Sharing Faith

Neil Harrison

11.4.2023 | Congregational Life, Mission in Ireland, Mission

Neil Harrison reflects on the current Sharing Faith programme that is helping to equip people to grow in confidence when evangelising.

The interruption of the pandemic has allowed the Council for Congregational Life and Witness (CCLW) to experiment by developing new ways of resourcing congregations in all aspects of their life and witness. Sharing Faith is one example of this through a four-part programme that seeks to help everyday church members to grow in confidence in sharing their faith with friends, colleagues and neighbours.

Recognising the changing commitment patterns for programmed activity across the church, a hybrid format of two in-person and two-online gatherings were planned to widen interest, and it was encouraging to have 16 people register for Sharing Faith.

BLOGIMAGE_11April-(1).jpgWith the programme taking place over a period of three months, the first session in February reflected on the starting point for evangelism today. David Thompson, CCLW Council Secretary, outlined a biblical approach to evangelism that requires both a high relational connection, alongside a clear distinctiveness in how we communicate our faith with our words. Perhaps in our churches, and personally, we have tended towards relying disproportionately on our acts of kindness as a witness to others, but this programme sought to equip people with the conversational knack of talking about faith in their everyday lives.

Sharing Faith is a four session, informative and interactive programme that aims to help participants to better understand the challenges for evangelism today and equip them to grow in confidence in talking about the good news and the difference it makes in their everyday lives.

We spent some time thinking about what has changed in the world in which we share our faith today. Church attendance has declined significantly over recent decades meaning a growing number of people have little or no church background. This might be hard for us to comprehend, but it is not unusual within holiday Bible clubs across the denomination to find children who are unfamiliar with well known Bible stories such as David and Goliath or Noah and the ark. Given that people are starting further back, we were reminded that our role is to accompany people on a journey of faith that can often take years.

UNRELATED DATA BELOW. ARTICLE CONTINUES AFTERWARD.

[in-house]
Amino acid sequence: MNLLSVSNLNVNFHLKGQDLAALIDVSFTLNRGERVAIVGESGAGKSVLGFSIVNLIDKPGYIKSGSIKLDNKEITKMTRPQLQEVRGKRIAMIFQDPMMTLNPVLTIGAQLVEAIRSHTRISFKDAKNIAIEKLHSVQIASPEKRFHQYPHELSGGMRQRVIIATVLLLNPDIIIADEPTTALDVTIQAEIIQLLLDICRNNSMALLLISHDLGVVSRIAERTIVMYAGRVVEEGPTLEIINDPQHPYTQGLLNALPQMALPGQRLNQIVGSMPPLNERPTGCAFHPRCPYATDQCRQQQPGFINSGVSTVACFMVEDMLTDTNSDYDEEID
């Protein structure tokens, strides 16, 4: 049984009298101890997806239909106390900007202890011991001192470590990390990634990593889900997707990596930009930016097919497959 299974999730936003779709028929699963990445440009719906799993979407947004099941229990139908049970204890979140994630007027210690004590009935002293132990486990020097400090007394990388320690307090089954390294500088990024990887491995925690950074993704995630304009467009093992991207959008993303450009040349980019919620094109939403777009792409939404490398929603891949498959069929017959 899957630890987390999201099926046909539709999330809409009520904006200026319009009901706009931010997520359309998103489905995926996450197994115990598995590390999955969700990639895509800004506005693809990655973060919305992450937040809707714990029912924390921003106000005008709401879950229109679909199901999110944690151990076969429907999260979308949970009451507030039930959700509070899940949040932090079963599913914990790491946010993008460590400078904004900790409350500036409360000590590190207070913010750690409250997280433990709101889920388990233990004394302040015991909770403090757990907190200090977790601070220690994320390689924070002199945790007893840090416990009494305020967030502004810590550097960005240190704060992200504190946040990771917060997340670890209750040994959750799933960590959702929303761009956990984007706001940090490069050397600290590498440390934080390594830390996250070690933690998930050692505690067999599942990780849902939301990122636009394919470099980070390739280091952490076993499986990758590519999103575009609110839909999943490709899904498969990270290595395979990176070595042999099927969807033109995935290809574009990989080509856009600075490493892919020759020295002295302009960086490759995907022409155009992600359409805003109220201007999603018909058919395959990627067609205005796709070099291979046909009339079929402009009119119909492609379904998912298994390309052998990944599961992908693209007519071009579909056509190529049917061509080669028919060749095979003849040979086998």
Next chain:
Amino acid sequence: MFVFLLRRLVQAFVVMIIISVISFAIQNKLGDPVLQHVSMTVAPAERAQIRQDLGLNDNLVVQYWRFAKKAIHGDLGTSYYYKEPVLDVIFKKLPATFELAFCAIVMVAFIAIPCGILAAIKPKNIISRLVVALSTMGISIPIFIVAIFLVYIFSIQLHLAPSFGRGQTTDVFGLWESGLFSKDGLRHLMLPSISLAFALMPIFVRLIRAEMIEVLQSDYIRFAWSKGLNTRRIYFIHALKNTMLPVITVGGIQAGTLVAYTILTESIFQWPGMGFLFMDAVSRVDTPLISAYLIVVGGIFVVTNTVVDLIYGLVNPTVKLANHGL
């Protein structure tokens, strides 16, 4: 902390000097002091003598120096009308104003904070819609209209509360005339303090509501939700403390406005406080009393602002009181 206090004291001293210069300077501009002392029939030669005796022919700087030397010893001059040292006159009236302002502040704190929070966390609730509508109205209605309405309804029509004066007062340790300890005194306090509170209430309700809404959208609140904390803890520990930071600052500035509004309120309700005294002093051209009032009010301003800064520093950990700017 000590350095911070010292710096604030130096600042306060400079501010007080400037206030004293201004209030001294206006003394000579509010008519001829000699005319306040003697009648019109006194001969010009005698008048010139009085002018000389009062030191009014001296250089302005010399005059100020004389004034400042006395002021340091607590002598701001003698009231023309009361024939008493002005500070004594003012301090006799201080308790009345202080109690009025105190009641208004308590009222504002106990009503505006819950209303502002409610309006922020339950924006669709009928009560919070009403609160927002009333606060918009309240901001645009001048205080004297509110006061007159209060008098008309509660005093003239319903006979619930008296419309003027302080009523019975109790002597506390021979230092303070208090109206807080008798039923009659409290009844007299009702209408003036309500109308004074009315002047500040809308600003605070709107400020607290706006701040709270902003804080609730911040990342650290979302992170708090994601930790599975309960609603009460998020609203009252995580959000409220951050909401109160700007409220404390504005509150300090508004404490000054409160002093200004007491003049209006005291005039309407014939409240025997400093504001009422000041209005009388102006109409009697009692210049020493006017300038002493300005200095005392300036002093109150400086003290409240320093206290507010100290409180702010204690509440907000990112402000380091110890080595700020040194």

This reality should also make us aware that there is a strangeness to our beliefs as perceived by others. The Bible will be unfamiliar and confusing so we should assume nothing in our interactions with others, recognising that people are quite likely to be sceptical of our belief in God and feel more comfortable with the secular belief that this world is all there is.

Against the backdrop of these challenges, we were reminded of the opportunity to be distinct in our witness as we live joy-filled lives that gently nudge people to consider there could be more to life than just what they can see, and invite them to ‘come and see’ for themselves (John 1:46).

Whilst the practices of how we share our faith will vary from person to person, we finished by presenting three principles that will enable an effective witness, regardless of the context. ‘Building Relationship’ is the first principle and is often an important starting part in someone’s journey to faith in Jesus. A relationship provides a more natural platform to sharing our faith and provides a better place from which to invite people along to church services or events. 

We all have a part to play in this as we consider who God has placed around our lives that do not know Jesus? How can we seek to be a little more intentional with people at the school gate, in our favourite coffee shop or at the side-lines at Saturday’s match, in ways that allow relationships to form and deepen?

The second core principle of sharing faith is ‘Cultivating Community’. Our lives together as a church are a window advertisement to the world for the gospel of Jesus Christ. If unreached people around us want to know who Jesus is, what he is like and whether he is worth knowing, then they will naturally observe our lives and the actions of the church. It is a powerful thing when people outside of the church experience the community inside the church.

If I am the only Christian in my friend’s life then I am the ‘weirdo’. However, if I can invite them into spaces around church where they meet other Christians, then it becomes less weird and more believable for them. These are informal environments around the church community that allow trust to develop, hopefully leading to greater openness and interest in the Jesus story.

In time, through building relationships and finding opportunities for community, God will begin to reveal those with an openness to the Christian faith which brings us to the third principle of Sharing Faith – ‘Inviting Encounter’. This is highly important and the Sharing Faith programme seeks to equip people with the confidence to do this in the following three ways:

  • Through sharing our own faith story of how we came to follow Jesus, or by explaining the gospel message in very simple ways.
  • Through bringing a faith perspective into an everyday conversation.
  • Through exploring the Bible with someone and helping them to see it is relevant and helpful for their life today.

This will be the focus of the next three sessions in the Sharing Faith series as we seek to equip people for sharing their faith with those around their lives every day.

Neil Harrison
Congregational Witness Development Officer

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